Prediction: "Once [the movie] 'Rollerball' is released, it seems highly likely that there will be demonstration games, and if Rollerball catches on, United Artists could find itself with a multimillion-dollar franchise." -- Sports Illustrated, 1975

Accuracy: No. No. A thousand times no. To put things another way: Do the "South Park" guys have a multimillion-dollar franchise in professional BASEketball?

20/20 Hindsight: The 2002 film remake also flopped. Quite surprisingly.


Prediction: "Owners to organize teams based on ethnic or ideological loyalties to regenerate enthusiasm -- games featuring the Steel-workers vs. the Executives, the Hippies vs. the Straights, Hunters vs. Animal Lovers." -- Sports Illustrated, 1974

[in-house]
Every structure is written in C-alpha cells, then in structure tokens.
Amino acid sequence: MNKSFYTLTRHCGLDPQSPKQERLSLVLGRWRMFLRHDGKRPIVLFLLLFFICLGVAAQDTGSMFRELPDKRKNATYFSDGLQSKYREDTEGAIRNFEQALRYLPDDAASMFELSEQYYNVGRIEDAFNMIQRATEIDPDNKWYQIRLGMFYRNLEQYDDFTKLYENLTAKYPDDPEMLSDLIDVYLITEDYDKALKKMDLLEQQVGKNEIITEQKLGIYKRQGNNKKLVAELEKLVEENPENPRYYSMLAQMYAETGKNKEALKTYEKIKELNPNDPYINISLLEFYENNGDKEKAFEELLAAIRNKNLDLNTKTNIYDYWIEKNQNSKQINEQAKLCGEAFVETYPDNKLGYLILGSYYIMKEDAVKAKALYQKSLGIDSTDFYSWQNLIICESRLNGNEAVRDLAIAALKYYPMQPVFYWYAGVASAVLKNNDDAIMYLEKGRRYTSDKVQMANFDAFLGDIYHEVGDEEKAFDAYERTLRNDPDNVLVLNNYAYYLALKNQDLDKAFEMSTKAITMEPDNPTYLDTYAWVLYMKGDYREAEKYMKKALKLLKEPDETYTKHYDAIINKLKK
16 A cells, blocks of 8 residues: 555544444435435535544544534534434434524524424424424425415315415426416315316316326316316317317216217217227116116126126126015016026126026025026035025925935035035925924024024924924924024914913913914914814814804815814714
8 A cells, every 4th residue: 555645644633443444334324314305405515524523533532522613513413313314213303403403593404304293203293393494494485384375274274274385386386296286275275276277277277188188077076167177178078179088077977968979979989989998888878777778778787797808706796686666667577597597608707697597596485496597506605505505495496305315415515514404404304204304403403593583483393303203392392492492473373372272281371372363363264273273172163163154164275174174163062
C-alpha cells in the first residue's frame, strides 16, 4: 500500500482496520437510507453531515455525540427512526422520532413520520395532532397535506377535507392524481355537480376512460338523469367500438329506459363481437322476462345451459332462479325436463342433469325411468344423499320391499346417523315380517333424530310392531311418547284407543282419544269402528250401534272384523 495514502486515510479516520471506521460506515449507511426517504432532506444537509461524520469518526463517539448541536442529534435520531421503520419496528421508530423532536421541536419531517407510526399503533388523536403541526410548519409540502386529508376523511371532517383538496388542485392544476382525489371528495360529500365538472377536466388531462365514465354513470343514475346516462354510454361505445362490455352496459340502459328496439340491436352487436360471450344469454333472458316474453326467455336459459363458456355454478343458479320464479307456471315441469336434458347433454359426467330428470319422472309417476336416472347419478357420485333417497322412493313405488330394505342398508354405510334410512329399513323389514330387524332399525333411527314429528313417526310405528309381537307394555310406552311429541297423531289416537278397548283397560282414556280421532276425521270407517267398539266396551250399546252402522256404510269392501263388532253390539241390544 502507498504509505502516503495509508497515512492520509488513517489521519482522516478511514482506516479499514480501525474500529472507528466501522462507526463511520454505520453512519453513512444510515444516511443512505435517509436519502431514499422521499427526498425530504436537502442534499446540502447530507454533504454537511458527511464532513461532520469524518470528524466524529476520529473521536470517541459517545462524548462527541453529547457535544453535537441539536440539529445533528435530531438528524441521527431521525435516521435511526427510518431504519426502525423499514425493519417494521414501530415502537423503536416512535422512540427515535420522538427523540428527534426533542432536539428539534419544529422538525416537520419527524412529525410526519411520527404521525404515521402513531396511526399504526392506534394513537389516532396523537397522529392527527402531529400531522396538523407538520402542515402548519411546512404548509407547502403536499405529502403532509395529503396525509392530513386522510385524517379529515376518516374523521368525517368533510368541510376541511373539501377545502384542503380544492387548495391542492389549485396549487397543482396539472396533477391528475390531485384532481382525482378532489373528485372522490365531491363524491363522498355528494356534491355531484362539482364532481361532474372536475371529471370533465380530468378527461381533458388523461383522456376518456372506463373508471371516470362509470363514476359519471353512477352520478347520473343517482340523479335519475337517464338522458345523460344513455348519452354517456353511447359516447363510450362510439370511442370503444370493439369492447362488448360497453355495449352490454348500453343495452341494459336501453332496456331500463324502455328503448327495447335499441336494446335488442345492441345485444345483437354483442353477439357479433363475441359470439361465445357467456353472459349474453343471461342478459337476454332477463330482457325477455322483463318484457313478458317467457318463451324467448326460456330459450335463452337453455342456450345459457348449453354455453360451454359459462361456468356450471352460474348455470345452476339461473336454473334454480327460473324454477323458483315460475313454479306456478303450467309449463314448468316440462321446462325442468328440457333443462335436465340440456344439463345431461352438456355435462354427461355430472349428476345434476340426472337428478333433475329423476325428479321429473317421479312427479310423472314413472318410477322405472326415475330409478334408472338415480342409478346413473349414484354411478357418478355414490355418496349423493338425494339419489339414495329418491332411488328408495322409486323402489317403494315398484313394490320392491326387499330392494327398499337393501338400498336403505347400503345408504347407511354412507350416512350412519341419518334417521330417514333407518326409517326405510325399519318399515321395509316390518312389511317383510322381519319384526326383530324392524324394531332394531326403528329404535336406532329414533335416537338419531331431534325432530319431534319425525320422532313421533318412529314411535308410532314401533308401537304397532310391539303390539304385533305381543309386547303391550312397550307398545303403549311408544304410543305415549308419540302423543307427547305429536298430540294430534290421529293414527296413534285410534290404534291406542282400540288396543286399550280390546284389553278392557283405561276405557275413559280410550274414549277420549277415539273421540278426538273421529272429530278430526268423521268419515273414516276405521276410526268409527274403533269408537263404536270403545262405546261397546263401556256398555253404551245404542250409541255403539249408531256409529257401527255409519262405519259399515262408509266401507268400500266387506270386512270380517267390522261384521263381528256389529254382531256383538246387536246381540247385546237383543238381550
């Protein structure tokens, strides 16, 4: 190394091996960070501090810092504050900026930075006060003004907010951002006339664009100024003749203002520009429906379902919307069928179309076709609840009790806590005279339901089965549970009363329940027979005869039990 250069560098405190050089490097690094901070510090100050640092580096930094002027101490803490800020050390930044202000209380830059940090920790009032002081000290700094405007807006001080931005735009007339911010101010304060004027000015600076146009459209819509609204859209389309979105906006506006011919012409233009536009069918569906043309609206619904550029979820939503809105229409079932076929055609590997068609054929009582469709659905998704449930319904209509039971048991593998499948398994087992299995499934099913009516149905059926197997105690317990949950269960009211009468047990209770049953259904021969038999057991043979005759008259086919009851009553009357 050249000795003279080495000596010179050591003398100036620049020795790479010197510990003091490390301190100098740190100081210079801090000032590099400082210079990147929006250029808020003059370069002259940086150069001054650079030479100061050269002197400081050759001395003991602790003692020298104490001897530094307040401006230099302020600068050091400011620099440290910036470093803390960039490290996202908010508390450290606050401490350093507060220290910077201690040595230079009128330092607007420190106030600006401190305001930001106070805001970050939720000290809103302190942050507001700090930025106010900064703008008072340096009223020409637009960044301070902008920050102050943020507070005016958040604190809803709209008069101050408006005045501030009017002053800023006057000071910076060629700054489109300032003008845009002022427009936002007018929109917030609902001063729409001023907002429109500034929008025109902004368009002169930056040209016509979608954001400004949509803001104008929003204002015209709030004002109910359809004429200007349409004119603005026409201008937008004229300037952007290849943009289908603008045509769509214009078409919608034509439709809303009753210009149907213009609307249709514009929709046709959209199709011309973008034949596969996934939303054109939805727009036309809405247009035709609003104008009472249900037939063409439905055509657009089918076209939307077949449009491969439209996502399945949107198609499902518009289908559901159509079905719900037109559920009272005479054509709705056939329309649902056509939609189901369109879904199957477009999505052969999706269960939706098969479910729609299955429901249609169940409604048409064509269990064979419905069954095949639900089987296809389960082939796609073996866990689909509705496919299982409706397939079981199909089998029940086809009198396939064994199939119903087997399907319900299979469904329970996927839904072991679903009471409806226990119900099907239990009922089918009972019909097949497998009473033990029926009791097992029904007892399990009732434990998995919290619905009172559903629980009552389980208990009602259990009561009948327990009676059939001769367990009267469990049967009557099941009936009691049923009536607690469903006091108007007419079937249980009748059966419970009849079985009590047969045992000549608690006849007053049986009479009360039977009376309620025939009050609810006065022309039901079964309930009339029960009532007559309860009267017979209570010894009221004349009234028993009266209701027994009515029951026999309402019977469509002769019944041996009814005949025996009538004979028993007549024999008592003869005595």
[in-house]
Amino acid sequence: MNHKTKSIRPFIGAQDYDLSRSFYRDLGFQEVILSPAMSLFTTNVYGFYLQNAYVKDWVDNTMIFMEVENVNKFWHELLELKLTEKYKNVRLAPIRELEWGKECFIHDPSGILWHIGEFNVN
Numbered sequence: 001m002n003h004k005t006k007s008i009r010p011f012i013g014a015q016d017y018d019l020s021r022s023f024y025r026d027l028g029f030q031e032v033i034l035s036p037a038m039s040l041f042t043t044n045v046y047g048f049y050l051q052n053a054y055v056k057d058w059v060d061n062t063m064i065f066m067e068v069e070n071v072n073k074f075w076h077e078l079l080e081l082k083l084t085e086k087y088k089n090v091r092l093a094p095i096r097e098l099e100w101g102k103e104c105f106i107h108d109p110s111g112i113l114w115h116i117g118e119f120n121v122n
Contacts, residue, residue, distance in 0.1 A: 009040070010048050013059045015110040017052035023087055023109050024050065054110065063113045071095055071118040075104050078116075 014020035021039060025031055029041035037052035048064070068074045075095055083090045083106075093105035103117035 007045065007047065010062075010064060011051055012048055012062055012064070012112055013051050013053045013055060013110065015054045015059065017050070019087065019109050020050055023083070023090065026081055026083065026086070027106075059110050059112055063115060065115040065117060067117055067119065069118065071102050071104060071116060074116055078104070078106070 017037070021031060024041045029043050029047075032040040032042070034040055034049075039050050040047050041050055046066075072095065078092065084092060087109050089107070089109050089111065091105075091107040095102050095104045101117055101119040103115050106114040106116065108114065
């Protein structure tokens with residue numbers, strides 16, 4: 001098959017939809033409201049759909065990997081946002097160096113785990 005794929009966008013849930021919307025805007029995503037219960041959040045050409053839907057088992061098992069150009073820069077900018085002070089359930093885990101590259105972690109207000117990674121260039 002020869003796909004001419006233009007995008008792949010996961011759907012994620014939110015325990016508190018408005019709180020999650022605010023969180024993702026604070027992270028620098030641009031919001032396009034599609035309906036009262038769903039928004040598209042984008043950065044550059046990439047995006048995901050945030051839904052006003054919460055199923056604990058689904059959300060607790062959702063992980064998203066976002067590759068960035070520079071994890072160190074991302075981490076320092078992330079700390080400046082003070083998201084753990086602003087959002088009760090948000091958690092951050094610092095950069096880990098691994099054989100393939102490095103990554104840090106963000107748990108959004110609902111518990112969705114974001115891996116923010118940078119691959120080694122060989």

Accuracy: Far out, man! And, like, so bogus. Does America even have steelworkers anymore?

20/20 Hindsight: Stupidly Rich Ball-Throwing Savants versus Obscenely Wealthy Pharmaceutical Experiments would make more sense.


Prediction: "Premier events -- key baseball, NFL and NBA playoff games, Indy, the Kentucky Derby, Wimbledon, parts of the Olympics -- will move at least in part to pay-per-view." -- Sports Illustrated, 1988

Accuracy: Remember the ill-fated PPV, $100 million-losing Olympic Triplecast? Neither does anyone else.

20/20 Hindsight: Pay-per-dish NFL Sunday Ticket is the closest comparison.


Prediction: "Imagine a Washington Redskins team with 6-foot-10 wide receivers, sub-4.0 speed at the corners and a 400-plus pound average across the offensive line." -- Washington Times, 1999

Accuracy: Imagine a Washington Redskins team that can score more than 17 points a game. No, seriously -- you'll have to imagine it.

20/20 Hindsight: Originally made by yours truly, the above prediction will be preserved on the Internet for the foreseeable future. Is it 2012 yet?

Patrick Hruby is a columnist for Page 2.